EnlargeScience has had issues with racism from its very beginning. At best, many of the early scientists had ideas that typified the racist societies of their times. At worst, they actively participated in providing justification for that racism, a habit that reached its peak in the eugenics movement of the first half of last century.…
Science has had issues with racism from its very beginning. At best, many of the early scientists had ideas that typified the racist societies of their times. At worst, they actively participated in providing justification for that racism, a habit that reached its peak in the eugenics movement of the first half of last century. But World War II made the end point of eugenics painfully obvious, causing mainstream science to re-evaluate and reject many of its racist ideas.
But as racists have become increasingly public in the early years of this century, they’ve once again turned to science for support—and found some scientists ready to provide it. How in the world did this happen?
Angela Saini’s new bookSuperiorprovides not one but multiple answers to that question. They range from tracking how a rich segregationist helped keep race-focused biology on life support to a view into how naive scientists are still accepting society’s ideas on race despite their lack of a biological basis. The book makes for a compelling read, but it’s an especially important caution for the science-inclined, who can benefit from being forced to step back and re-examine their assumptions on race and where they came from.
Keeping the faith
Saini is well placed to tackle this subject. She’s a well established science journalist, and her earlier book,Inferior, tread similar ground by examining how society’s assumptions about women had pervaded medicine and biology. And, as a non-white English person who can trace her ancestry to one of the country’s former colonies, she has personal experience with some of the consequences of racist attitudes. The book is primarily a mix of history and a look at the current state of affairs, but Saini’s personal experiences and reflections are rarely far from the surface.
The book starts with a look at the racism of the European societies that helped develop modern science, and the author traces that to its ultimate rejection in the wake of the Holocaust. Nazi Germany may have taken the ideas of eugenics to an extreme, but eugenics wasn’t just an outgrowth of mainstream science—itwasmainstream science, a fact that’s harder to discern because many present-day institutions have sought to distance themselves from their pasts.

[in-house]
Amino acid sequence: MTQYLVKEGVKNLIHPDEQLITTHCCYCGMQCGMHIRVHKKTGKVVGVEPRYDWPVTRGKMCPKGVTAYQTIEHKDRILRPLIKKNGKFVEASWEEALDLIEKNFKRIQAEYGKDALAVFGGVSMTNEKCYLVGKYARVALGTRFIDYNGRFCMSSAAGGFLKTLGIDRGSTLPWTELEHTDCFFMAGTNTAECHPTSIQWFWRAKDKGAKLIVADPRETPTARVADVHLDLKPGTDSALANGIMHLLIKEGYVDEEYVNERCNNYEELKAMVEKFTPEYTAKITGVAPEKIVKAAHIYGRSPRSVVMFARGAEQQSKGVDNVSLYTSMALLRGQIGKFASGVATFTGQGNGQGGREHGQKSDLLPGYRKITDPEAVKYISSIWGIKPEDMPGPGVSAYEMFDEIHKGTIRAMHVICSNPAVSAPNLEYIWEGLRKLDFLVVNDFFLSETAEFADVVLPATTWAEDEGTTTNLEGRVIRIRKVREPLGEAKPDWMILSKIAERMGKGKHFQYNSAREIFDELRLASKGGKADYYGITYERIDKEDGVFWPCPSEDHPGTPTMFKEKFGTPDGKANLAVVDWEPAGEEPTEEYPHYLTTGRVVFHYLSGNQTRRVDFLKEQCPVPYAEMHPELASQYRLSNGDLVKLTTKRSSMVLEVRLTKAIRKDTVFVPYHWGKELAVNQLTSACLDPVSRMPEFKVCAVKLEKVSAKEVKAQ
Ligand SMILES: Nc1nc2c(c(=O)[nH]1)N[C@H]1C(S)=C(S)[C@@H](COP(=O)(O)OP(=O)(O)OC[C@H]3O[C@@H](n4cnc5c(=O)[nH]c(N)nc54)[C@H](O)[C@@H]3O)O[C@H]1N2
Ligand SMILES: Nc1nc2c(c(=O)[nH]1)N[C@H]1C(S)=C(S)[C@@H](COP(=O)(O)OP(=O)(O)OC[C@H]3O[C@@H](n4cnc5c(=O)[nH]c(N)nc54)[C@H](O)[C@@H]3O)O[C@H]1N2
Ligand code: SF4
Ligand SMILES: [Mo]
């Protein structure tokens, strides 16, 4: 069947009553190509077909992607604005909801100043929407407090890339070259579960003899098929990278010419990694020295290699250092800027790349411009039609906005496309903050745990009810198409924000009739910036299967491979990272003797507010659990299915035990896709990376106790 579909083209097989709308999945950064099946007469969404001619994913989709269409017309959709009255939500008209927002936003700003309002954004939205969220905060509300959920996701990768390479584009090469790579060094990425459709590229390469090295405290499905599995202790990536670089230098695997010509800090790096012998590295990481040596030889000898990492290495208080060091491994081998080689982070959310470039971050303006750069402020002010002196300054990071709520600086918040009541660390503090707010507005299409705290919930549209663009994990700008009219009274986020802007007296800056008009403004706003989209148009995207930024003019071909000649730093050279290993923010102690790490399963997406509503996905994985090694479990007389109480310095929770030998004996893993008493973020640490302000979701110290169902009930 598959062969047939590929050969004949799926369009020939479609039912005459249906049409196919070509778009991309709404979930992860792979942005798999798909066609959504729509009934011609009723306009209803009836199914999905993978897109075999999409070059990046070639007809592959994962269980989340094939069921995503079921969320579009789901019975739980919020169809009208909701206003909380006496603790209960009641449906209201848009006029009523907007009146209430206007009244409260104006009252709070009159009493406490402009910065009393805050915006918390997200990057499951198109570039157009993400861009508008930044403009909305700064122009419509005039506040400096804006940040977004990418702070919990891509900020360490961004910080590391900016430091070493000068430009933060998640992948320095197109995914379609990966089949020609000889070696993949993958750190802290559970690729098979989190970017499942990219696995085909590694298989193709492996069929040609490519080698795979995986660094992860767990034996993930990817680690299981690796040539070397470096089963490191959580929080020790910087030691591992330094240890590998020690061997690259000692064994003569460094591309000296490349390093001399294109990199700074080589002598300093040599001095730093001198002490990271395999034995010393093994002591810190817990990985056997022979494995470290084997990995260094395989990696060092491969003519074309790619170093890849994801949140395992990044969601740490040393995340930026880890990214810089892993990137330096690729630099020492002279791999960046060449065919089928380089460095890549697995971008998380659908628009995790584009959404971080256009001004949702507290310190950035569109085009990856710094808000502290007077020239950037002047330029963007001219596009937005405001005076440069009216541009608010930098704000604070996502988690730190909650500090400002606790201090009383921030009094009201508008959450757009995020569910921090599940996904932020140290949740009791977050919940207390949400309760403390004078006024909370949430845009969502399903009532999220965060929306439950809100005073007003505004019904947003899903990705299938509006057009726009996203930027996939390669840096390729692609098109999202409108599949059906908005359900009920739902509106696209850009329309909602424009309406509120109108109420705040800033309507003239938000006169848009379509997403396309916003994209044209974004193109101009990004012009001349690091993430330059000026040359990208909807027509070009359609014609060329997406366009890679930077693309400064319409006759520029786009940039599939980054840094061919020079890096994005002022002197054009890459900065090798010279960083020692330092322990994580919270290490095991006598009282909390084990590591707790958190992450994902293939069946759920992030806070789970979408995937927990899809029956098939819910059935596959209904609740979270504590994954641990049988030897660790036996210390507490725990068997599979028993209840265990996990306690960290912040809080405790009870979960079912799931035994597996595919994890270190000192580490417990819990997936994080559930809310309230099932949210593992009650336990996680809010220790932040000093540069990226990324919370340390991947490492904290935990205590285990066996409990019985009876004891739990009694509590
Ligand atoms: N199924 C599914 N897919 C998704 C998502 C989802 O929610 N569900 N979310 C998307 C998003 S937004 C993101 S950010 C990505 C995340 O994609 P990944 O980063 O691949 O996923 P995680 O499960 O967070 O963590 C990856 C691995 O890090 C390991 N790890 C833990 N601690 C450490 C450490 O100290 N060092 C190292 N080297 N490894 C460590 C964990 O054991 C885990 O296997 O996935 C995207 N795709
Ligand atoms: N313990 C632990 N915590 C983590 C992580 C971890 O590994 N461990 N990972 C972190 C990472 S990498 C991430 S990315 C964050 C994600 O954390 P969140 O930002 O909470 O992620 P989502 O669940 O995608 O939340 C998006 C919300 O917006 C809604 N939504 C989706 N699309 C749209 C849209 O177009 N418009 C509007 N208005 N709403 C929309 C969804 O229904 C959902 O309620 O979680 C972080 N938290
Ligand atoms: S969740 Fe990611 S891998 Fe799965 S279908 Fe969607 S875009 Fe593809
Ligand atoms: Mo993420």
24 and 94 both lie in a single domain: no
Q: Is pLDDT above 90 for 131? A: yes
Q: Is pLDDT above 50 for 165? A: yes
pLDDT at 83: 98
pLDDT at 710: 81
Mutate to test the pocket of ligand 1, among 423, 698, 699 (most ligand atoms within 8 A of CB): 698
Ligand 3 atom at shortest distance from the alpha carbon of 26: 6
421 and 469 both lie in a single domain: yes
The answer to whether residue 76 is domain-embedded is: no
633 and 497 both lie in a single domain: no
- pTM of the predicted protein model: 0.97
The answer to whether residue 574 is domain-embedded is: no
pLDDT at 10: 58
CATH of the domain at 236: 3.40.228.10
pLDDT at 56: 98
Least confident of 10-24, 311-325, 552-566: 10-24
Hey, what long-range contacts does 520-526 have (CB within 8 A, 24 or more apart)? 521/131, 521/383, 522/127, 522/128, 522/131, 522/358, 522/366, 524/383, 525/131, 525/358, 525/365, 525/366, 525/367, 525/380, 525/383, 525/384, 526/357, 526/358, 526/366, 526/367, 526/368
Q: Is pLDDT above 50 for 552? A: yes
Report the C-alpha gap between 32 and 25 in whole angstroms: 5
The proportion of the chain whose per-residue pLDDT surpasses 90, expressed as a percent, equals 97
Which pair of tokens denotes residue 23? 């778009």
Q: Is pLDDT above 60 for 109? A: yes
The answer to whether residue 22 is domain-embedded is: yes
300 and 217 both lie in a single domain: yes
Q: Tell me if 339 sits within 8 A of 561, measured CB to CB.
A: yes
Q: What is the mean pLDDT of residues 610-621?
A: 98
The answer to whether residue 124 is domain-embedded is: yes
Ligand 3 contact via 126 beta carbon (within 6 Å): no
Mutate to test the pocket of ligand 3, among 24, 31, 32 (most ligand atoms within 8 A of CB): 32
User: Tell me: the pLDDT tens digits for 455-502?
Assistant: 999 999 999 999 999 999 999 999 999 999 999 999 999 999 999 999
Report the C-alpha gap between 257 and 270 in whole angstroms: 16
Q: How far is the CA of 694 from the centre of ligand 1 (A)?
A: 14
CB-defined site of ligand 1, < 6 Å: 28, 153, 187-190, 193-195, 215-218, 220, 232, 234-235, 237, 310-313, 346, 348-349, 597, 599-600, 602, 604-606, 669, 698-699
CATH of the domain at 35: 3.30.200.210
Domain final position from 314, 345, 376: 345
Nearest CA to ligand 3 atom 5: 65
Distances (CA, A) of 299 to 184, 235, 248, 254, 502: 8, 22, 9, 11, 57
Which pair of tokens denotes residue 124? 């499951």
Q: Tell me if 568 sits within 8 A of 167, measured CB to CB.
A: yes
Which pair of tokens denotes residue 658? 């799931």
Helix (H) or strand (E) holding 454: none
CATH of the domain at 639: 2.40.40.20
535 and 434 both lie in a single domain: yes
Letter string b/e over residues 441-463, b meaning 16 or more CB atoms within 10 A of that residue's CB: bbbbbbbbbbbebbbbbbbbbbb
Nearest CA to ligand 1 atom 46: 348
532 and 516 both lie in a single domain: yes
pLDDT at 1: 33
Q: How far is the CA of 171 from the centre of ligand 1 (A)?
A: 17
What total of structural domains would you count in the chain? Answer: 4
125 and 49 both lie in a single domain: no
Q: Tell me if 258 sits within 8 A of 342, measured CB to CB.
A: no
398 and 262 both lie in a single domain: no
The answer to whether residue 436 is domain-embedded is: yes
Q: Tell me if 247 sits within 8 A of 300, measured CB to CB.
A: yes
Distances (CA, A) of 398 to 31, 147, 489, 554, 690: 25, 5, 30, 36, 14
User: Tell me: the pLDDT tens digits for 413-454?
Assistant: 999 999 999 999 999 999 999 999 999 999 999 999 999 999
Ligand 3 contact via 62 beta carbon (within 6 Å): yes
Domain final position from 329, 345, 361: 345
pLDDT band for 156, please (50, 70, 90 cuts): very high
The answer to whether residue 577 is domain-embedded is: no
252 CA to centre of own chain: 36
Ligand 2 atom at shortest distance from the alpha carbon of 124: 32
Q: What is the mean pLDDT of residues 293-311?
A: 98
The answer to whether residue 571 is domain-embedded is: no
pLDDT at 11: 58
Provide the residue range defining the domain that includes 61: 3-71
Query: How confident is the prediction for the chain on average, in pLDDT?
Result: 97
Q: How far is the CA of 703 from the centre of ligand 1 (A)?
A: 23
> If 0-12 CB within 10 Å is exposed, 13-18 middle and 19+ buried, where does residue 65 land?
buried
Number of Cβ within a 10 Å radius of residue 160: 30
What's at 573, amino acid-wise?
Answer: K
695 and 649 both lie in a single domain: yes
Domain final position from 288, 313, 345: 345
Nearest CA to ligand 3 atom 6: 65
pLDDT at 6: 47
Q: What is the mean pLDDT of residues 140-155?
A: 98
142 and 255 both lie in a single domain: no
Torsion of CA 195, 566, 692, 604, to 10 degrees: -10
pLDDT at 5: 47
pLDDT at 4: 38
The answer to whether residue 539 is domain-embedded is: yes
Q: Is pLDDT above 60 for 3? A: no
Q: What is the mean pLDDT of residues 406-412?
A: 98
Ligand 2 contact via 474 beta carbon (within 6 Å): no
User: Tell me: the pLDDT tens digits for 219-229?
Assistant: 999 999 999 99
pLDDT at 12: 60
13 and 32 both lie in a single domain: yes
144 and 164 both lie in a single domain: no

Saini describes how biologists and behavioral scientists engaged in extensive self-examination after the Holocaust and came to recognize that most of the “research” that paved the way for eugenics was simply terrible. Rife with bias, loaded with unjustified assumptions, and failing to even provide a consistent definition of race, the work absorbed the beliefs of society at large and found ways to provide them a scientific veneer that fell apart with the slightest critical examination. To give just one example, researchers measured skull sizes without either considering whether that value correlated with anything, or considering influences like childhood nutrition and health.
The mainstream scientific community appropriately rejected the work and largely left the field behind. But, as Saini documents, there were a number of researchers outside the mainstream who were just as committed to their work in the wake of this rejection as they were before. Normally, that’s a recipe for career death as funding and publishing opportunities dry up. But in this case, a wealthy segregationist stepped in, creating a foundation that kept funding researchers committed to race science and a journal (Mankind Quarterly) that would publish their work.
Saini talks to one of the journal’s current editors, who comes across as naively mystified that science has passed him by, and that scientists no longer see the world as he still does.
But, as the book progresses, it becomes clear that he’s less out of the mainstream than he thinks. In talking to younger grad students, Saini finds that they’re still adopting assumptions about race that originate from society at large. When asked about it, she finds that they have no idea how to define race biologically, but persist in the conviction that it’s real.
Race and modern genetics